Vivid Games' 'Real Boxing' for PS Vita.
Vivid Games' 'Real Boxing' for PS Vita.
Boxing has been a popular sport for quite some time. By that, of course, I mean practically since the dawn of humanity. It's no surprise, of course, that video game boxing has been around since shortly after the dawn of the industry. Real Boxing, the latest in the sports sub-genre from Vivid Games, looks to deliver some hard hits. Unfortunately, it takes a few lumps of its own along the way.
The concept of boxing is pretty simple: hit your opponent more often and harder than he hits you. In a pinch, that's exactly what Real Boxing is all about. Unlike arcade-style boxing games like Punch-Out!! and Ready-2-Rumble Boxing, Real Boxing tries to be as real as a boxing video game can be. Don't expect any over-the-top characters and far-out moves in this one. This time around, it's all about sweat, tears, and a broken nose or two.
Those expecting to having themselves held by the hand throughout this game will be sorely disappointed. Outside of a short-ish tutorial that teaches you the basics, it's into the ring and out of your comfort zone. Unlike the arcade-style games, however, it's not about throwing punch after punch. After all, that'll just tire your boxer out. Fighting in Real Boxing is much more like a puzzle game or well-choreographed dance as knowing when to punch, when to block, and when to dodge are all equally important. Of course, landing that perfect right hook is pretty sweet, too.
Just because the game doesn't put you on a step-by-step, color by number path to instant success doesn't mean players are left to their own devices. There are training modes designed for players to refine their skill (or develop some) and get some extra cash. The money is then used to outfit your boxer with fancier-looking equipment and hair-doos as well as level-up his skills. Later in the game these training modes can be easily ignored, but new players and those who haven't played for a while should find them useful for figuring out the game's muddled control scheme.
Controls are mostly mapped to the Vita's twin analog sticks (by default) or via touch (if one prefers). The former is the way to go, but it doesn't always make sense - nor is it as fluid a system as Vivid may had hoped during development. Boxer movement (controlled via the left stick) feels inexact and sluggish. The throwing of punches (controlled via the right stick) is responsive, yet inexact. Blocking and dodging are delegated to the shoulder buttons and are probably the easiest two things to control in the game. Opting for touchscreen controls simplifies things as boxer movement becomes automatic, but it also makes the actual fighting seem sluggish.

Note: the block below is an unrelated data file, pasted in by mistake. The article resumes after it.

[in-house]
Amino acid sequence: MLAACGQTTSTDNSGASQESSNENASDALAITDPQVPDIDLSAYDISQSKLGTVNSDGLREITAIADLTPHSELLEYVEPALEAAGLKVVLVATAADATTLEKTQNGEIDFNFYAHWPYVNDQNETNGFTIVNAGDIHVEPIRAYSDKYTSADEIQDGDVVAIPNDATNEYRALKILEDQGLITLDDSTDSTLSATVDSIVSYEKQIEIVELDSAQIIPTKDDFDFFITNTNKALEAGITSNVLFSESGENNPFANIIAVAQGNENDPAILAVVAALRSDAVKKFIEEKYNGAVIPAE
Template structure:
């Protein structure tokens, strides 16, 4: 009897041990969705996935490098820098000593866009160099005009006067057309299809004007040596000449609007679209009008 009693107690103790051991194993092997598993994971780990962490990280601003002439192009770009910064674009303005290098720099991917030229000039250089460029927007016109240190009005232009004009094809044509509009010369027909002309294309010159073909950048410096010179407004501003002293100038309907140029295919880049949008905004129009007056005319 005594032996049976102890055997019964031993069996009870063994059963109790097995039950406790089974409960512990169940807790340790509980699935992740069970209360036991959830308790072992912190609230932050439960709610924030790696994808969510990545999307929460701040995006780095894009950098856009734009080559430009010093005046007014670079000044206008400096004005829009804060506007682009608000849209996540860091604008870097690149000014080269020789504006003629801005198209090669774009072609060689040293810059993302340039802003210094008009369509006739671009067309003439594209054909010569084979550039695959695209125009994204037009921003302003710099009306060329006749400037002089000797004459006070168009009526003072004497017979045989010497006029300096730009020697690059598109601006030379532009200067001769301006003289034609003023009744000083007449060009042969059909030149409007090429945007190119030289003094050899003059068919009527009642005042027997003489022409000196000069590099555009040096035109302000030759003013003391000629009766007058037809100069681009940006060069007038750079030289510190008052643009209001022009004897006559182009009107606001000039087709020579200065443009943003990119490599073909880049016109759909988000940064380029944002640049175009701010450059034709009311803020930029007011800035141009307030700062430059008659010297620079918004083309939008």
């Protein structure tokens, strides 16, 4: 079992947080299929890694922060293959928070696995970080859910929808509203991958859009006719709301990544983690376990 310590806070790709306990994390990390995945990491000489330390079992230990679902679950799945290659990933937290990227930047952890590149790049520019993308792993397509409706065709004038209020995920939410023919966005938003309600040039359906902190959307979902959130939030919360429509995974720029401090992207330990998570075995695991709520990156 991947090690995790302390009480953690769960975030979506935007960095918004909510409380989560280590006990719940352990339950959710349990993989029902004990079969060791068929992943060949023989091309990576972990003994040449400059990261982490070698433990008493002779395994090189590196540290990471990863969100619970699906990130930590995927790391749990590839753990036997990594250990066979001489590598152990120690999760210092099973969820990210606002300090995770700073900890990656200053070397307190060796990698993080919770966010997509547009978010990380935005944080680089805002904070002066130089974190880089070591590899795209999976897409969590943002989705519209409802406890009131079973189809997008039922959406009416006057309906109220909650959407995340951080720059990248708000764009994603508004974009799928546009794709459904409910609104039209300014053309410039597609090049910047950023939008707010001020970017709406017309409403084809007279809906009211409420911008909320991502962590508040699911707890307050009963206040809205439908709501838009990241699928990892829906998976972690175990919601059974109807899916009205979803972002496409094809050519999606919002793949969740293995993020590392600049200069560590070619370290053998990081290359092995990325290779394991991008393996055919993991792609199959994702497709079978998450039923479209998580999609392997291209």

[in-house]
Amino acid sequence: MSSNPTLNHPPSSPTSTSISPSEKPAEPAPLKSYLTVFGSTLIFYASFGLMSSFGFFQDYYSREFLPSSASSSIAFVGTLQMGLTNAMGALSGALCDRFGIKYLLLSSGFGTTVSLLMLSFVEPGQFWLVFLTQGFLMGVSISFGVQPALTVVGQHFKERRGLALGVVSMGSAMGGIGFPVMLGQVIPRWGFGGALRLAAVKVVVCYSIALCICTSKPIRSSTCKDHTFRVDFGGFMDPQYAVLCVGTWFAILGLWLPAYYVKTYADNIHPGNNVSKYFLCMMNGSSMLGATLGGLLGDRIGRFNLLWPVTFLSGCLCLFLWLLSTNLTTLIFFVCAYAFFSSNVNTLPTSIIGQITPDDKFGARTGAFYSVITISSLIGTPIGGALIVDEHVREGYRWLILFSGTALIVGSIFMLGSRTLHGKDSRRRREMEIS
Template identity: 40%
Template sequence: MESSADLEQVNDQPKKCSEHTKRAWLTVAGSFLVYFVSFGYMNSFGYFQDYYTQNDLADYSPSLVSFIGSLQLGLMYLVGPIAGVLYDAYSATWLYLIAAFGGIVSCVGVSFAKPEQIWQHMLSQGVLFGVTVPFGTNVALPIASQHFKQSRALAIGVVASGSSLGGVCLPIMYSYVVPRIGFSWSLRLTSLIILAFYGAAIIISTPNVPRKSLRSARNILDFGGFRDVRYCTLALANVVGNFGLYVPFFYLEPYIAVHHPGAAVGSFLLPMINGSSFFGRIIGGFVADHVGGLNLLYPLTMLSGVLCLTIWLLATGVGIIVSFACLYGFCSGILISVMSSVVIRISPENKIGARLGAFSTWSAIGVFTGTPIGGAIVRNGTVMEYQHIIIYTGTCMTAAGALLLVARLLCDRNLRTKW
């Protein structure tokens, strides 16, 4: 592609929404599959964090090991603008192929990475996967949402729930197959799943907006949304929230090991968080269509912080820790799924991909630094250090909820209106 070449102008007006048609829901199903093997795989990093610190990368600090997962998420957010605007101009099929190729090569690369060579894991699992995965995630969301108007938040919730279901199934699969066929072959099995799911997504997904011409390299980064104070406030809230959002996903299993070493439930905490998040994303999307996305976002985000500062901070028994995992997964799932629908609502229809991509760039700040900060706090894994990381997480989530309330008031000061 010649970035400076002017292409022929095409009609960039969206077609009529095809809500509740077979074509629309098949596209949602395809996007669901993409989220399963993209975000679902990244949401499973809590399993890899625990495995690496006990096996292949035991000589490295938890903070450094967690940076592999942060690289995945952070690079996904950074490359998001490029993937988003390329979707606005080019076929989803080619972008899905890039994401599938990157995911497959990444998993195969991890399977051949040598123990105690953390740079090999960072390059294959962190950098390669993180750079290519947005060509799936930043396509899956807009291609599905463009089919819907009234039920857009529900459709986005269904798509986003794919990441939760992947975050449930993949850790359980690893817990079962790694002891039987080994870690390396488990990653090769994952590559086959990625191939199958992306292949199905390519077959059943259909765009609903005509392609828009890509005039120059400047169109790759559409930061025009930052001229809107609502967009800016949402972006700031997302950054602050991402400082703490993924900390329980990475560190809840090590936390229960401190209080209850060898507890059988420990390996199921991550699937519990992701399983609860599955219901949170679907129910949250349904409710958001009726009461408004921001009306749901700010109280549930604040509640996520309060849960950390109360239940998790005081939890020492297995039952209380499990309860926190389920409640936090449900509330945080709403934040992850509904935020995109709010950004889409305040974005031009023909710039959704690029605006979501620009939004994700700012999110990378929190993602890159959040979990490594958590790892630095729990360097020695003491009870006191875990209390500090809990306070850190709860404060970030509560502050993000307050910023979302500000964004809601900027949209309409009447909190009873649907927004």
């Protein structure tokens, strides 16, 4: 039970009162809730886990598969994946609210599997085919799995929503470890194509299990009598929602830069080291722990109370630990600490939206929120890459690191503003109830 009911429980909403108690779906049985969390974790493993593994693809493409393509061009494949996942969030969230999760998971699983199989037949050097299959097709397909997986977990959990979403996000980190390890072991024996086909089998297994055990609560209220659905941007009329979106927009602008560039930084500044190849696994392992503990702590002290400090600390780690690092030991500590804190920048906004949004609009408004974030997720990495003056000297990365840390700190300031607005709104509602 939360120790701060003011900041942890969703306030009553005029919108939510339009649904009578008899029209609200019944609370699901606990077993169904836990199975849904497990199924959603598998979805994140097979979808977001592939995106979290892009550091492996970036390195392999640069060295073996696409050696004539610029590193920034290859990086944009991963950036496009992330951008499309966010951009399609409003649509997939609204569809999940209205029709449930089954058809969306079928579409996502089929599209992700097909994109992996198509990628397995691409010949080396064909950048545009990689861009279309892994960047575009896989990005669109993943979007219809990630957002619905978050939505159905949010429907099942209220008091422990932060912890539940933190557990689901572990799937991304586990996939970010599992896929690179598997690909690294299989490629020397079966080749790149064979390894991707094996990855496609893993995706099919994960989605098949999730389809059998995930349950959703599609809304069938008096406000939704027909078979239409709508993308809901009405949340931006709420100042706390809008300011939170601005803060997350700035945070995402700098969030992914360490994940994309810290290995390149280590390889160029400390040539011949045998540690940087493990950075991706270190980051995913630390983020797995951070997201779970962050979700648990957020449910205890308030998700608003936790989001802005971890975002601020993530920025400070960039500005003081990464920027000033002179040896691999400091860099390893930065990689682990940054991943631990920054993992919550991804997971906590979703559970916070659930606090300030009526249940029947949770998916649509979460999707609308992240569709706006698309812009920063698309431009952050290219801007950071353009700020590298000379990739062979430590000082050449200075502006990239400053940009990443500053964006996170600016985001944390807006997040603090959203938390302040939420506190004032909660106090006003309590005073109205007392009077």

There were also some visual issues encountered during my playthrough. While individual boxers looked rather well detailed, there were times when their animations went (for the lack of a better term) wonky. Every now and then during a bout a boxer's arm would go weird before snapping back into place as if nothing had ever happened. At most, this occurred maybe three times during any one match - if it happened at all. Fact is that it would, at times, go spastic and cause a brief (but real) distraction.
In addition to its core single match, career, and training core gameplay options, Real Boxing also features online matchmaking. If you decide to give it a go, good luck. After three failed attempts at locating a sparring partner, I just gave up and considered it to be an offline-only game.
Real Boxing, while not nearly as fun as the arcade-style boxing video games, does still provide a fairly satisfying play. It's issues, while present, are not game-breakers and it gives Vita owners a new entry into a sports sub-genre that hasn't been shown a lot of love over the past few years. It'll be a good distraction to take on the go, but at home I'll probably stick with Knockout Kings 2000 on my Nintendo 64 as I have for the past dozen or so years.
Version tested: PlayStation Vita
(Vivid Games supplied a copy of this game for review.)
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